What Exactly is Coral?
If you think about coral, you probably imagine warm tropical seas and reefs filled with brightly colored fish. In fact, stony, shallow-water corals — the kind that build reefs — are only one of thousands of types of coral. There are also soft corals and deep-water corals that live in dark, cold waters.
Corals are living organisms. This means that they are composed of hundreds of thousands of individual polyps. Each polyp secretes a hard outer skeleton of calcium carbonate (limestone) to attach itself to rocks or to the dead skeletons of other polyps.
So, are corals plants or animals? Actually, they are animals because they need to catch their own food, unlike plants which can synthesize it. Corals have minute stinging cells on their tentacles which wave around in the water sweeping passing small fish and other material into their mouths.
The Ancient Greeks, Romans, and Native Americans prized the deep red, bright pink, and clear white corals which were traded for other goods inland where other cultures had no access to the sea. Throughout the centuries, coral was thought to have strong medicinal and spiritual powers, and Roman women hung coral around their necks as a charm against sterility. The Chinese viewed coral as a symbol of longevity, and the Ancient Greeks believed it could counteract witchcraft, poisons and even storms. Coral is common in Native American jewelry and in the 19th century, the Navajo named it as one of the eighteen sacred objects.
Where Does Coral Come From?
The red Mediterranean coral (called corallium rubrum) is most often used for “haute joaillerie” and comes in the palest of pink to the strongest reds. It is harvested off the coasts of Italy, Spain, Algeria and Tunisia. Other types of coral are found in the sea surrounding Malaysia, Japan, Australia, Africa and many Pacific Islands.
Coral reefs, admittedly, are a threatened ecosystem in some parts of the world. Hawaiian black coral has already been protected and there are efforts underway to limit the harvesting of other varieties. Coral was widely accessible for centuries, and it is only in the past few decades or so that we have come to realize the consequences of over-harvesting and pollution in our oceans. Our collection of coral jewelry dates back to the 1920’s when such consequences were unknown.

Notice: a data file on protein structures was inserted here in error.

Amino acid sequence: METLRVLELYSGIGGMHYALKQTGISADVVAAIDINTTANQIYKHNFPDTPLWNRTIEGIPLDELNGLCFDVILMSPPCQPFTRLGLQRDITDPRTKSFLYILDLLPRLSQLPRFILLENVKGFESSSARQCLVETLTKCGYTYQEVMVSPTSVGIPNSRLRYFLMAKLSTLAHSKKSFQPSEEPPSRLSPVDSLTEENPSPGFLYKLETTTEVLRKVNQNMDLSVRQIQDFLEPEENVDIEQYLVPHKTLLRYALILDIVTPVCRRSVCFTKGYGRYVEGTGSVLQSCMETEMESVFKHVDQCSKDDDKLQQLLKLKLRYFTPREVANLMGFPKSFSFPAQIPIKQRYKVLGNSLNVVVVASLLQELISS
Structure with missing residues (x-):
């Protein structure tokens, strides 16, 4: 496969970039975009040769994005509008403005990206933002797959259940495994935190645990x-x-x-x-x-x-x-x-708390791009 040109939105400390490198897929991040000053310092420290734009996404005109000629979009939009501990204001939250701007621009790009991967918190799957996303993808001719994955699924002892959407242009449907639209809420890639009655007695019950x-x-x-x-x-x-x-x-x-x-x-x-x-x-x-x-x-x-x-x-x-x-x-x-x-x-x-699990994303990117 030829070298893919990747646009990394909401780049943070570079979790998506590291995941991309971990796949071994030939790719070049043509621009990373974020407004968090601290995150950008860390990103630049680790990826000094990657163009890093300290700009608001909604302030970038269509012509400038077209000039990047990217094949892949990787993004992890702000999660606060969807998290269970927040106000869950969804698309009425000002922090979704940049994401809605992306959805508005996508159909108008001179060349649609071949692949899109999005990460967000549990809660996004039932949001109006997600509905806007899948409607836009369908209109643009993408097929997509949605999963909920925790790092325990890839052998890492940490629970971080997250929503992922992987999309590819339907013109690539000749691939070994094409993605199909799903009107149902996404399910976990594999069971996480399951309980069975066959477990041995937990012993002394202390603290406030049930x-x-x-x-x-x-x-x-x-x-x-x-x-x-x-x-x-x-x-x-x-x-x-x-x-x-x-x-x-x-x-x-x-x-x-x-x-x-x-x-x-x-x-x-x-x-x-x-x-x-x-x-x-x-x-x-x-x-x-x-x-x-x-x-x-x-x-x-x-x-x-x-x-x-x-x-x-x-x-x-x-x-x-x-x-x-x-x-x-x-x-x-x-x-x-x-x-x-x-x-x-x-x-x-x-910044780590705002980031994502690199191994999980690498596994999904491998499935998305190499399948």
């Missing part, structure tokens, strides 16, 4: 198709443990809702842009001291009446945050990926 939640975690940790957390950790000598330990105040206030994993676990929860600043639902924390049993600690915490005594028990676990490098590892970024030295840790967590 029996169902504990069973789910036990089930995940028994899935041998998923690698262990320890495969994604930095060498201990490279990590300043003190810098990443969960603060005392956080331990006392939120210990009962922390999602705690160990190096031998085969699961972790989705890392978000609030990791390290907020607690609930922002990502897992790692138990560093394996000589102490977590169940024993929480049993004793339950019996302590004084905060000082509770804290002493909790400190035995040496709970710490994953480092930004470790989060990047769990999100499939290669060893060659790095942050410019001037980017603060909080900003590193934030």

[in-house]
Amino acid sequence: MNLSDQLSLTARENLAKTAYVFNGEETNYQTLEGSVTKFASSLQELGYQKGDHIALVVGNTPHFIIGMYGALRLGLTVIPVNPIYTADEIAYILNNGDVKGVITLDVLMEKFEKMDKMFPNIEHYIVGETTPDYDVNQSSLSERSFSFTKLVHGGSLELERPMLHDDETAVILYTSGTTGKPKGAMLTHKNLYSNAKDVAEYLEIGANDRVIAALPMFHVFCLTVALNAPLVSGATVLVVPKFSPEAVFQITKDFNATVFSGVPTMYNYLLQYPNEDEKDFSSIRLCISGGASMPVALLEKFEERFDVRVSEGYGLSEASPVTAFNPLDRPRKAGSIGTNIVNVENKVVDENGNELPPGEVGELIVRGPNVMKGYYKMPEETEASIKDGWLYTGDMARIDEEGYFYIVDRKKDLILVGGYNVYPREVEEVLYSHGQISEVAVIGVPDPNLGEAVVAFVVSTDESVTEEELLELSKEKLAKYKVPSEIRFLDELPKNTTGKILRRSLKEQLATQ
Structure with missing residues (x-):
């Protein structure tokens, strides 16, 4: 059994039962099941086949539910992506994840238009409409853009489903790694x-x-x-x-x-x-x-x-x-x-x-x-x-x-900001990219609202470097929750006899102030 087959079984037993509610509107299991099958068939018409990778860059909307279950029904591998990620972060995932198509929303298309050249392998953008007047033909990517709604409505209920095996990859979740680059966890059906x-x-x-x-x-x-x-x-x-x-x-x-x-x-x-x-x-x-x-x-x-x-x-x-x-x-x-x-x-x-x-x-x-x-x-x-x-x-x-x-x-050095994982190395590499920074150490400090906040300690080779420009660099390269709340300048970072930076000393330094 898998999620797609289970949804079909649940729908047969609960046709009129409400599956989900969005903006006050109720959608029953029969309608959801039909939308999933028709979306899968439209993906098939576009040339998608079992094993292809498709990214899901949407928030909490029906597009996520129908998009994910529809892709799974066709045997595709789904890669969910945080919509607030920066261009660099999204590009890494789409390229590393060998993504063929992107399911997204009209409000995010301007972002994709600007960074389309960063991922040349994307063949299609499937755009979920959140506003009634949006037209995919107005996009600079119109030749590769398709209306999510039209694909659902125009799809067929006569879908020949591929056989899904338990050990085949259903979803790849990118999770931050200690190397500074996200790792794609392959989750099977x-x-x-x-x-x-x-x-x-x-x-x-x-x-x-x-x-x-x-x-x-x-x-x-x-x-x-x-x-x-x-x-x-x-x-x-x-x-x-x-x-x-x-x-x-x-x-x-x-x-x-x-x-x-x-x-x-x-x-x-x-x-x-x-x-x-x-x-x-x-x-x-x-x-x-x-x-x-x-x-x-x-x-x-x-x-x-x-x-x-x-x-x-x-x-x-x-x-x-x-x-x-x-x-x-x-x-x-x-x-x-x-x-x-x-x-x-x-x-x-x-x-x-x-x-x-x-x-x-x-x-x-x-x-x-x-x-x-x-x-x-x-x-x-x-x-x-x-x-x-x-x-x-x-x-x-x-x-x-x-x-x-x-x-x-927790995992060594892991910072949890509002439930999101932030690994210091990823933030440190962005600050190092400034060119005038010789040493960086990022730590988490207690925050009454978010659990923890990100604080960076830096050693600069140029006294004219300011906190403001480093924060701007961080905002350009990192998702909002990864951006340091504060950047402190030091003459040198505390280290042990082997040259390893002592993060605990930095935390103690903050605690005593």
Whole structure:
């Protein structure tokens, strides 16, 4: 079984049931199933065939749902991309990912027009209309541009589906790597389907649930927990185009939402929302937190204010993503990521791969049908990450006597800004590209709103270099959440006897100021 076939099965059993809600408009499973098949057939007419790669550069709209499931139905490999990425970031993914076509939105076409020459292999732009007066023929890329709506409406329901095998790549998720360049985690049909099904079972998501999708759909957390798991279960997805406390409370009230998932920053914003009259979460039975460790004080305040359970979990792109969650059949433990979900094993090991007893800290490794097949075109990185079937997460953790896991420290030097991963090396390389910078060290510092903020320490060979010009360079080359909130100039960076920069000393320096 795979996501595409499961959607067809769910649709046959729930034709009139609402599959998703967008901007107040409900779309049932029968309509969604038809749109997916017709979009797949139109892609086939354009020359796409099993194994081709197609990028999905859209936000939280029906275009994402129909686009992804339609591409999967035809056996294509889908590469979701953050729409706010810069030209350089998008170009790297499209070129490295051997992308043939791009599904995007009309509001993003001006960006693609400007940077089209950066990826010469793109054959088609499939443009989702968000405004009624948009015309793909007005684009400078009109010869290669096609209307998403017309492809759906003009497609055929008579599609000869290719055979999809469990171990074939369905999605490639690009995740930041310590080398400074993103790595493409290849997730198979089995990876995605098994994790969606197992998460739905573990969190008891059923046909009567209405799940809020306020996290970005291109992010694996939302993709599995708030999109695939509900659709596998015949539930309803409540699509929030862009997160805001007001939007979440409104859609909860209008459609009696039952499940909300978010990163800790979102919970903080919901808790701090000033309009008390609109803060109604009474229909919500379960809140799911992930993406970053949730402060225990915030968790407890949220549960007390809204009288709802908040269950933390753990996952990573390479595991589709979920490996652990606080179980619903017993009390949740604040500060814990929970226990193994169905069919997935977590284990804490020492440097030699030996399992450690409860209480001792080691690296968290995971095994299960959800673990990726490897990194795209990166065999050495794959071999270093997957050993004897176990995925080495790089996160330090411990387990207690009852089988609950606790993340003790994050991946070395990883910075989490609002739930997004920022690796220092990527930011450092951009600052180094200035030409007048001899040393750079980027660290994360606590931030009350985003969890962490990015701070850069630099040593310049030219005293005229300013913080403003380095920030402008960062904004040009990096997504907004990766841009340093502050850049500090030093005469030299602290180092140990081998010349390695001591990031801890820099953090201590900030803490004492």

Collecting Coral Jewelry: Art Deco
Coral is very versatile. It is soft and can be sculpted, carved into round or square shapes, smoothed into cabochons or used in chains or link bracelets and necklaces. It is also used in its natural branch form.
The trend for collecting coral jewelry has been on the upswing for some time, with pieces from the Art Deco period gaining significantly in value and popularity. During the 1920s European jewelry designers used coral as a way to introduce color into their pieces, mixing it with onyx, diamonds, lacquer or lapis lazuli. It was made into brooches, rings, combs, pendants and other types of jewelry.
This is a fascinating early Art Deco lapel brooch made by Giulio Nardi, the designer of Moretto brooches in Italy in the 1920s. It is in 18-karat white gold and depicts a sculptured figure in black and red coral, known as the turbaned Moor of Venice. It features a diamond and coral turban wrapped in round-faceted diamonds. The stones are set within botanically inspired elongated leaf and floral motif settings, and the brooch’s center features a cameo sculpture of a child in carved red coral.
Collecting Coral Jewelry: Vintage
Coral also coincides with the current popularity of vintage jewelry, particularly as many fine pieces from the ‘40s, ‘50s and ‘60s have coral in them. You will often find three colors in vintage jewelry from this period – onyx, coral and diamond, most often set in gold.
Here we have a pair of vintage 1950s dangle earrings with diamonds and a carved coral twist design.
Coral can work equally well in men’s jewelry. These coral, onyx and diamond cufflinks set in 18k yellow gold provides a timeless and elegant pop of color, and the soft subtleties of this Vintage 1970s 14k Pink Coral Necklace adds a gentle sophistication to any wardrobe.
Good quality coral jewelry is selling for thousands of dollars, with some of the best antique pieces fetching $100,000 or more. In 1987, a Cartier designed coral, emerald and diamond necklace originally owned by the Duchess of Windsor was auctioned at Sotheby’s for $110,500. In 2012, Sotheby’s sold a coral beaded necklace for $53, 125.
Coral has been admired and prized for use in jewelry for centuries, and with better management of our oceans and coral reefs, we hope its spectacular and varied colors will be enjoyed for many centuries to come.